1. This report is professional not emotional. Clear in its efforts to address the current claims brought forth by individuals and entities claiming a bias to effectuate a desired result I find this closer to the truth due to its independence of the authors. If I did not own this stock I would after reading it and seeing how dramatically it has declined based on the commentary/opinion and actions that have recently taken place.

    Liked by 4 people

    1. Mark Johnson says:

      What is most impressive to me about this data is that both 50 and 100 mg of Simufilam clearly have a significant effect on pTau – the biomarker which tends to correlate most with cognitive decline. These samples were measured by Quanterix and clearly the outlier removal, (using standard statistical techniques), in the 100 mg group is justified – how could 50 mg have a statistically significant effect and not 100 mg? This data directly refutes several points currently contributing to the FUD surrounding Cassava Sciences; not only that all biomarker data was fabricated by Dr. Wang (again, this data was measured by Quanterix) but also the supposition that high affinity binding to Filamin is not possible and the mechanism of action elucidated by Dr. Wang and Dr. Burns has been made-up. Clearly the 50 mg dose is having a major effect on this critical downstream biomarker – what other reasonable theory can explain this?

      Liked by 1 person

  2. cutiesutie says:

    The above findings and analysis are well put and clear. Impressive work and research! Thank you so much for your effort and sharing the truth. Cassava Sciences will prevail and Simufilam will be a breakthrough drug to treat Alzheimer.

    Liked by 1 person

  3. Markus says:

    This is a very impressive and detailed analysis of the accusations against Cassava Sciences regarding some questions coming up on a visual. I like the professionalism and transparancy of this analysis, so everybody can follow and repeat the exercise if whished. It’s also good to see that the read out of the plots were made on two different ways.
    I think this is a very good example of how a scientific discourse should work: transparent and from a neutral position
    As a retail investor I’m looking forward to see more of such kind of analysis.

    Liked by 1 person

  4. Rohit Gudi says:

    Who is this team of internal doctors and scientists?


  5. sam says:

    If figure 8 and 9 use the same X-axis origin and scale, it would be much easier to read.


  6. Jacob says:

    Interesting post.
    Regarding Table 1: Isn’t the null hypothesis for a t-test that the means of the two populations are the same and a low p-value from a t-test show that the means of the two data sets are different? I.e. two compared data sets (spaghetti vs scatter) are two different populations?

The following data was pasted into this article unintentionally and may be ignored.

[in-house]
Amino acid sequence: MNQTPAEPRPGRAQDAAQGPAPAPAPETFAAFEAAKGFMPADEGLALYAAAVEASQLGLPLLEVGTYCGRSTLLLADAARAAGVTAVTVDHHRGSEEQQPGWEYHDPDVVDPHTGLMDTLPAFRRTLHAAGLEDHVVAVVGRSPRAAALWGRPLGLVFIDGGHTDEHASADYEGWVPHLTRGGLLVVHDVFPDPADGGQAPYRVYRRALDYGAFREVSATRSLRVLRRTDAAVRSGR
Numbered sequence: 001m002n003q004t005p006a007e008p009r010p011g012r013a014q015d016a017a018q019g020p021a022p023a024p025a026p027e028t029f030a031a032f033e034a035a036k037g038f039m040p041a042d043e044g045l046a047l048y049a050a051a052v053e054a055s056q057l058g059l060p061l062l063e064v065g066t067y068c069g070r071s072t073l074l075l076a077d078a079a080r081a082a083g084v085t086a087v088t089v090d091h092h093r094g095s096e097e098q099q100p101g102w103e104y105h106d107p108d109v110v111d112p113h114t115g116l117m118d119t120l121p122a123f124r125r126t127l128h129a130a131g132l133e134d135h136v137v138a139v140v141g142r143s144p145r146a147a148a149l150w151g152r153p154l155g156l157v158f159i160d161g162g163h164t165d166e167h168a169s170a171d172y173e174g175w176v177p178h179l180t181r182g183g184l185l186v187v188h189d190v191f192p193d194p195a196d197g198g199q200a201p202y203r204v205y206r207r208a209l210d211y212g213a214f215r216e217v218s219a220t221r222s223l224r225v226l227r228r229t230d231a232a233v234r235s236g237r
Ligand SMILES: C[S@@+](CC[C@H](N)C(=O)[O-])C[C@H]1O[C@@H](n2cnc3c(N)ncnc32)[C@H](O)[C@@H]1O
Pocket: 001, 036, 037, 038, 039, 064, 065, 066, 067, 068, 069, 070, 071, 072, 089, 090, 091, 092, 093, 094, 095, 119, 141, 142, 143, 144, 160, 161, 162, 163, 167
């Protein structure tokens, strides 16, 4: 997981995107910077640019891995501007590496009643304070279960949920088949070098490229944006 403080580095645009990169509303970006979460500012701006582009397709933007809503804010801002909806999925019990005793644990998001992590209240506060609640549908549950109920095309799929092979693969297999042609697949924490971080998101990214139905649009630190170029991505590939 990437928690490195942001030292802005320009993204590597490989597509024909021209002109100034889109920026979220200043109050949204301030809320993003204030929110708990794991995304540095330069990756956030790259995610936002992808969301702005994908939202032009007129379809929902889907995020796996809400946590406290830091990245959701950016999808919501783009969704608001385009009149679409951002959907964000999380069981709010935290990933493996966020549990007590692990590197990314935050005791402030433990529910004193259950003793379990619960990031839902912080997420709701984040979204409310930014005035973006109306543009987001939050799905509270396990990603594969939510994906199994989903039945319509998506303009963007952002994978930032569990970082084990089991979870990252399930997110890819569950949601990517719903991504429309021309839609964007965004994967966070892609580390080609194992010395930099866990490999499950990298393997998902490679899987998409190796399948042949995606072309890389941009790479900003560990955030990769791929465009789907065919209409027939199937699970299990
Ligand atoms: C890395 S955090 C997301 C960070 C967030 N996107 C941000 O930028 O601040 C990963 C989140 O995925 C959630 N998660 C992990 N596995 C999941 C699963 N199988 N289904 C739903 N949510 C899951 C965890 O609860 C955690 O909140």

Regarding table 2: Isn’t it more correct to use a multiple comparison test to compare the placebo, 50mg and 100mg to include all the variation observed in the study? And the test should be a paired test?


    1. Examined Mind says:

      Whichever way you look at it, the clinical data so far is pretty good. The only argument against it of course is that the sample size is not large enough to make a true statistical estimate. But then for that is, they have a Phase 3. Instead of making that as a critique, the shorts wants Phase 3 to be stopped citing fudged arguments. There is absolutely no safety problem known so far with Simufilam and why would someone request a Phase 3 halt then? Clear agenda!

      Anyway, here is what you are looking for (paired Placebo and 100mg): Also see here
      Two sample t-test (equal variance)
      Population details:
      parameter of interest: Mean difference
      value under h_0: 0
      point estimate: -37.4885
      95% confidence interval: (-65.748, -9.2291)

      Test summary:
      outcome with 95% confidence: reject h_0
      two-sided p-value: 0.0108

      number of observations: [17,20]
      t-statistic: -2.6931082710449474
      degrees of freedom: 35
      empirical standard error: 13.920170146432913


  7. AD3 says:

    Amazing work !


  8. Alex from YMB says:

    A truly highly detailed comprehensive analyses and a complete rebuke of the false allegations of fraud or data manipulation. The level of analysis is consistent with the rigor that any NIH or FDA scientist would also take in assessing the raw data. Any of the data supporting efficacy (including biomarker data) would undoubtedly be submitted to the FDA prior to Phase 3 initiation. There is absolutely no surprise that the FDA green-lighted the Cassava SPA agreement. Well done and a showcase on how proper data evaluation is conducted….ie. Not on Twitter!


  9. Rossi says: